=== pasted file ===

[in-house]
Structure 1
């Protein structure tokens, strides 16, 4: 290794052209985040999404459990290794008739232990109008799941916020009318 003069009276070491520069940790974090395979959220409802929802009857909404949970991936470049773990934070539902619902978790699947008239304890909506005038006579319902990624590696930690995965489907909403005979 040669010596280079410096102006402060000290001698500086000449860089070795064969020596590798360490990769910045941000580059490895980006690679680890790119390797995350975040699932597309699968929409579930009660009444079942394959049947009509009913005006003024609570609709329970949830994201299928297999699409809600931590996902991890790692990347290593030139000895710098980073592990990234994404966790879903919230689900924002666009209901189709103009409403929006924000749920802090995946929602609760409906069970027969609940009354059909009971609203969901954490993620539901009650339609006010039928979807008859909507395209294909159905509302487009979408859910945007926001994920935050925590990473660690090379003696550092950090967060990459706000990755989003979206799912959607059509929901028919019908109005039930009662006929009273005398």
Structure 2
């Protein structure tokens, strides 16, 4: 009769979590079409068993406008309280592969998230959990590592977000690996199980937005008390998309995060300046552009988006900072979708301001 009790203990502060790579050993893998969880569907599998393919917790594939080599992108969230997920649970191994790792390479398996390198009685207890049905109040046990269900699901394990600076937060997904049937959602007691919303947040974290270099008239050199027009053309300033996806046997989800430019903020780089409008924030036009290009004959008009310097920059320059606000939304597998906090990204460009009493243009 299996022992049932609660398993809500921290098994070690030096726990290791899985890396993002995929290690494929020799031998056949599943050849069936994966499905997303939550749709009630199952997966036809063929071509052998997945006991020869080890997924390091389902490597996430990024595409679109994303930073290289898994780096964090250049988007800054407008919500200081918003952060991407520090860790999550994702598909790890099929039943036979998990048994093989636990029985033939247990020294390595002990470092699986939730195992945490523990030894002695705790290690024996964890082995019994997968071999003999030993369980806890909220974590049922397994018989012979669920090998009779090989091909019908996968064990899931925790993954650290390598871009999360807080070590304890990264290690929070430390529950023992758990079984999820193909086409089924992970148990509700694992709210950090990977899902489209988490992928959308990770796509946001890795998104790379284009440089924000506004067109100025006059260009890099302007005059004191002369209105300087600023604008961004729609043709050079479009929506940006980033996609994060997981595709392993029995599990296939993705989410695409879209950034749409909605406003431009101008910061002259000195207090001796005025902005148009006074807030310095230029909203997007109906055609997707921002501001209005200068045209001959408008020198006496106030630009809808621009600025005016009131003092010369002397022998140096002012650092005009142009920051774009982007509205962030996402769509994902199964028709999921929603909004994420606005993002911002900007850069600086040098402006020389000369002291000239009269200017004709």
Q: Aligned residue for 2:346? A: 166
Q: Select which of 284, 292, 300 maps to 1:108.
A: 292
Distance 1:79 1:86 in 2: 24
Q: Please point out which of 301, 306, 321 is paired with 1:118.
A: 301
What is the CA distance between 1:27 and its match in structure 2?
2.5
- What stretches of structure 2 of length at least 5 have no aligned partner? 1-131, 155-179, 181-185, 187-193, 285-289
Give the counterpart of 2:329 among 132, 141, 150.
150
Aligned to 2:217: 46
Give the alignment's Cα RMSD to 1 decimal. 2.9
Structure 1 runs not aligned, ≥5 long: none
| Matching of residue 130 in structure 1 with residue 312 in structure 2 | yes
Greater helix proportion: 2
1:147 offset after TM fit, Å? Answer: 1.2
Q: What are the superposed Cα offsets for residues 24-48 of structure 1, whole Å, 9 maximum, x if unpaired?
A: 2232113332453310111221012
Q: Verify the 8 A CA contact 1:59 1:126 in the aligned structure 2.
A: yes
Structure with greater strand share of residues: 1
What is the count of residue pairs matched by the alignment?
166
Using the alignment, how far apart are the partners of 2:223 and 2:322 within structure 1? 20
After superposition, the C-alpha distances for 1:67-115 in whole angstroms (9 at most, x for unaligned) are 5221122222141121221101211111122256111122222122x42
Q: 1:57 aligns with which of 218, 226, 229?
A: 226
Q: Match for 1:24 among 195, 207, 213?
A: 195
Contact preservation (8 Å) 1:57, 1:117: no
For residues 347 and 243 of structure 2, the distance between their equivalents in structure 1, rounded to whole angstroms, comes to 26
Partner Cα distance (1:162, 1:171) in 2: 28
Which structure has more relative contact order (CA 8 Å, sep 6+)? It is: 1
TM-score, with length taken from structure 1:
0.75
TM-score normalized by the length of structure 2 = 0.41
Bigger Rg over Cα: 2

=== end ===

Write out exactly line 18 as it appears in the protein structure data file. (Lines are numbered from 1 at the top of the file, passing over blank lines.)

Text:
Give the alignment's Cα RMSD to 1 decimal. 2.9